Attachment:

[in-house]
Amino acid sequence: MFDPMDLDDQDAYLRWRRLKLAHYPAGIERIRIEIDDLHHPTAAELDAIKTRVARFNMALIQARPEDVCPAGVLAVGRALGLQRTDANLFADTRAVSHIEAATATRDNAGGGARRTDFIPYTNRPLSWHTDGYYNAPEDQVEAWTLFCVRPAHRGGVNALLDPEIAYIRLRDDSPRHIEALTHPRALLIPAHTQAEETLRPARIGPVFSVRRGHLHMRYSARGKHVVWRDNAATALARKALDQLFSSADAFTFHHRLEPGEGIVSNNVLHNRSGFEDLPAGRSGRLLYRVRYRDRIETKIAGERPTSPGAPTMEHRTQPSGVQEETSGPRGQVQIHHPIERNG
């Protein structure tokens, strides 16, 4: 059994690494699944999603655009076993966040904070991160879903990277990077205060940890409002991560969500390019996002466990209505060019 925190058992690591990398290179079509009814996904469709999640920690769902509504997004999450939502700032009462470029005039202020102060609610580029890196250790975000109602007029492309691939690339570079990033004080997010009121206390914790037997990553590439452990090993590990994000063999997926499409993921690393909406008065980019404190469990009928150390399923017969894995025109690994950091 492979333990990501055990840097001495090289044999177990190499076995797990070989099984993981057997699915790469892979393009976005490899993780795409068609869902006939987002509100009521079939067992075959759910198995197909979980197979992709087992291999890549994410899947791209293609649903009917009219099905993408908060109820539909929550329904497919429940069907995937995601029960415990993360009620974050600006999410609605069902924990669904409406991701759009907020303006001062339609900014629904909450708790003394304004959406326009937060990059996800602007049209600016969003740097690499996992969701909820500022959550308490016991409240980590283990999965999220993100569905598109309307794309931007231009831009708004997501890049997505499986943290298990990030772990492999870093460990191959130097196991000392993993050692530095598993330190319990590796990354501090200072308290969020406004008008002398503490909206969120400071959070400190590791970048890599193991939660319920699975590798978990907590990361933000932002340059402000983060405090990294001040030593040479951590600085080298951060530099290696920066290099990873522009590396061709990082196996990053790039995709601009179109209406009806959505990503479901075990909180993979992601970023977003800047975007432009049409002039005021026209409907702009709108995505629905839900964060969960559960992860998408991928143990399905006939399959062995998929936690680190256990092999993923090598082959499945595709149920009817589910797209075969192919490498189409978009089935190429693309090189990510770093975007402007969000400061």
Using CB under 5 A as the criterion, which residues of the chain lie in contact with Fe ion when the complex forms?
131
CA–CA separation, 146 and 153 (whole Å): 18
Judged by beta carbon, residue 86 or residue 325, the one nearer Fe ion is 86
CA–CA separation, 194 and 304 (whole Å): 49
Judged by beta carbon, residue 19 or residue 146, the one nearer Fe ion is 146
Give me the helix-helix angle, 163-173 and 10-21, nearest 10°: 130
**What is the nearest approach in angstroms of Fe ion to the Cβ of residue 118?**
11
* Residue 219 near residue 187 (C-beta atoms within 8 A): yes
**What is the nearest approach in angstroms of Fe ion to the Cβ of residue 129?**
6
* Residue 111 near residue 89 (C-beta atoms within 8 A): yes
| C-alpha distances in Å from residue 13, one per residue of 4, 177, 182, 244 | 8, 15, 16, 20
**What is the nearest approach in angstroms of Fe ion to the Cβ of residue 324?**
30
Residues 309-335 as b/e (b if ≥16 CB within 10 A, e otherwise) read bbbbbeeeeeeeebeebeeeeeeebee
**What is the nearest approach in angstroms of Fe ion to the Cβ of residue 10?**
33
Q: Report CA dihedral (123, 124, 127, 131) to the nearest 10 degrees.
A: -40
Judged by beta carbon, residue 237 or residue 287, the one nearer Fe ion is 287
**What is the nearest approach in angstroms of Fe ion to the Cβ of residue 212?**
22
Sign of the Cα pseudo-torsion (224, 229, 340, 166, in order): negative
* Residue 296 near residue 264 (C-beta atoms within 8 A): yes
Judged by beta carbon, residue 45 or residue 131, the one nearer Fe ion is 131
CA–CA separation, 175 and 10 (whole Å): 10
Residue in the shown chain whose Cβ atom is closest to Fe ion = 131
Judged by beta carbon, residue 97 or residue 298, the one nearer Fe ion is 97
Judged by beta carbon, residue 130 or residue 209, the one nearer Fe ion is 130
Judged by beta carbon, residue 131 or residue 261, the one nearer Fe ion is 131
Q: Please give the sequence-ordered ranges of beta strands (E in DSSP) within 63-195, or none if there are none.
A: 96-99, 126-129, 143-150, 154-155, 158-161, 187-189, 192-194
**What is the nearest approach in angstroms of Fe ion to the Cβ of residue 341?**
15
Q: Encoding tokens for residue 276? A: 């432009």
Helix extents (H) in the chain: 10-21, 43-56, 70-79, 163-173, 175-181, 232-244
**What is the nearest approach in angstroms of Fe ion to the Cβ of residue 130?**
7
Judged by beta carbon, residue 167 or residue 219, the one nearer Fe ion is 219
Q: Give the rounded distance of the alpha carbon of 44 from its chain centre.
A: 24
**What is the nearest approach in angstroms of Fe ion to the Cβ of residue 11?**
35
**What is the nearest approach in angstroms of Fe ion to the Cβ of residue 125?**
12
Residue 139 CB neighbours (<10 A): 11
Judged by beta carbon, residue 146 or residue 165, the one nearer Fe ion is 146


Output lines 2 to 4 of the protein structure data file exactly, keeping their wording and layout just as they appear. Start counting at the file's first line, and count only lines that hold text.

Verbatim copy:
Amino acid sequence: MFDPMDLDDQDAYLRWRRLKLAHYPAGIERIRIEIDDLHHPTAAELDAIKTRVARFNMALIQARPEDVCPAGVLAVGRALGLQRTDANLFADTRAVSHIEAATATRDNAGGGARRTDFIPYTNRPLSWHTDGYYNAPEDQVEAWTLFCVRPAHRGGVNALLDPEIAYIRLRDDSPRHIEALTHPRALLIPAHTQAEETLRPARIGPVFSVRRGHLHMRYSARGKHVVWRDNAATALARKALDQLFSSADAFTFHHRLEPGEGIVSNNVLHNRSGFEDLPAGRSGRLLYRVRYRDRIETKIAGERPTSPGAPTMEHRTQPSGVQEETSGPRGQVQIHHPIERNG
């Protein structure tokens, strides 16, 4: 059994690494699944999603655009076993966040904070991160879903990277990077205060940890409002991560969500390019996002466990209505060019 925190058992690591990398290179079509009814996904469709999640920690769902509504997004999450939502700032009462470029005039202020102060609610580029890196250790975000109602007029492309691939690339570079990033004080997010009121206390914790037997990553590439452990090993590990994000063999997926499409993921690393909406008065980019404190469990009928150390399923017969894995025109690994950091 492979333990990501055990840097001495090289044999177990190499076995797990070989099984993981057997699915790469892979393009976005490899993780795409068609869902006939987002509100009521079939067992075959759910198995197909979980197979992709087992291999890549994410899947791209293609649903009917009219099905993408908060109820539909929550329904497919429940069907995937995601029960415990993360009620974050600006999410609605069902924990669904409406991701759009907020303006001062339609900014629904909450708790003394304004959406326009937060990059996800602007049209600016969003740097690499996992969701909820500022959550308490016991409240980590283990999965999220993100569905598109309307794309931007231009831009708004997501890049997505499986943290298990990030772990492999870093460990191959130097196991000392993993050692530095598993330190319990590796990354501090200072308290969020406004008008002398503490909206969120400071959070400190590791970048890599193991939660319920699975590798978990907590990361933000932002340059402000983060405090990294001040030593040479951590600085080298951060530099290696920066290099990873522009590396061709990082196996990053790039995709601009179109209406009806959505990503479901075990909180993979992601970023977003800047975007432009049409002039005021026209409907702009709108995505629905839900964060969960559960992860998408991928143990399905006939399959062995998929936690680190256990092999993923090598082959499945595709149920009817589910797209075969192919490498189409978009089935190429693309090189990510770093975007402007969000400061």
Using CB under 5 A as the criterion, which residues of the chain lie in contact with Fe ion when the complex forms?